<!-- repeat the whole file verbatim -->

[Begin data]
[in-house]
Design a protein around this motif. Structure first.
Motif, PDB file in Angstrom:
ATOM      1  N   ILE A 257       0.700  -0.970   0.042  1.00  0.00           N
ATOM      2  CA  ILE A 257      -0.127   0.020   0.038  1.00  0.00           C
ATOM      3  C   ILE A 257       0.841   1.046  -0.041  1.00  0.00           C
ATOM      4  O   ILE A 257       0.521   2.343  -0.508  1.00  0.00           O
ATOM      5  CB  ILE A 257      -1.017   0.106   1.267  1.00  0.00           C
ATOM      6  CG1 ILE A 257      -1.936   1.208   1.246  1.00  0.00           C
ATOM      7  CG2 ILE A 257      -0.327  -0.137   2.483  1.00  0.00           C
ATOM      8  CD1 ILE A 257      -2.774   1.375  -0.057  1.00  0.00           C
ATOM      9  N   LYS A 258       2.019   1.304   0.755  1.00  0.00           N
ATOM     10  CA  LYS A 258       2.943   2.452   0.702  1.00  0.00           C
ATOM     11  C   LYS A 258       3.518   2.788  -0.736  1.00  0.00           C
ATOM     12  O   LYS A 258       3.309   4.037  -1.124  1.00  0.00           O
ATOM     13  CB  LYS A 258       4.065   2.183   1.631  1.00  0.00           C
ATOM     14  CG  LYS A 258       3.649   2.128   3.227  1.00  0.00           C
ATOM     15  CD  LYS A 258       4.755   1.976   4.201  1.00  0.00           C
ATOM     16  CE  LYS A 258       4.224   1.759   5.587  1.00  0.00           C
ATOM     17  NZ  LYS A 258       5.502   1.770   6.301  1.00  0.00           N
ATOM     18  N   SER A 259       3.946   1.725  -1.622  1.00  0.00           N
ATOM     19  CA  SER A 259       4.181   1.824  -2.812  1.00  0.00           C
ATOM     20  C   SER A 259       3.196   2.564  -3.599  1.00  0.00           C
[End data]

[in-house]
Design a protein around this motif. Structure first.
Motif, PDB file in Angstrom:
ATOM      1  N   ILE A 257       0.700  -0.970   0.042  1.00  0.00           N
ATOM      2  CA  ILE A 257      -0.127   0.020   0.038  1.00  0.00           C
ATOM      3  C   ILE A 257       0.841   1.046  -0.041  1.00  0.00           C
ATOM      4  O   ILE A 257       0.521   2.343  -0.508  1.00  0.00           O
ATOM      5  CB  ILE A 257      -1.017   0.106   1.267  1.00  0.00           C
ATOM      6  CG1 ILE A 257      -1.936   1.208   1.246  1.00  0.00           C
ATOM      7  CG2 ILE A 257      -0.327  -0.137   2.483  1.00  0.00           C
ATOM      8  CD1 ILE A 257      -2.774   1.375  -0.057  1.00  0.00           C
ATOM      9  N   LYS A 258       2.019   1.304   0.755  1.00  0.00           N
ATOM     10  CA  LYS A 258       2.943   2.452   0.702  1.00  0.00           C
ATOM     11  C   LYS A 258       3.518   2.788  -0.736  1.00  0.00           C
ATOM     12  O   LYS A 258       3.309   4.037  -1.124  1.00  0.00           O
ATOM     13  CB  LYS A 258       4.065   2.183   1.631  1.00  0.00           C
ATOM     14  CG  LYS A 258       3.649   2.128   3.227  1.00  0.00           C
ATOM     15  CD  LYS A 258       4.755   1.976   4.201  1.00  0.00           C
ATOM     16  CE  LYS A 258       4.224   1.759   5.587  1.00  0.00           C
ATOM     17  NZ  LYS A 258       5.502   1.770   6.301  1.00  0.00           N
ATOM     18  N   SER A 259       3.946   1.725  -1.622  1.00  0.00           N
ATOM     19  CA  SER A 259       4.181   1.824  -2.812  1.00  0.00           C
ATOM     20  C   SER A 259       3.196   2.564  -3.599  1.00  0.00           C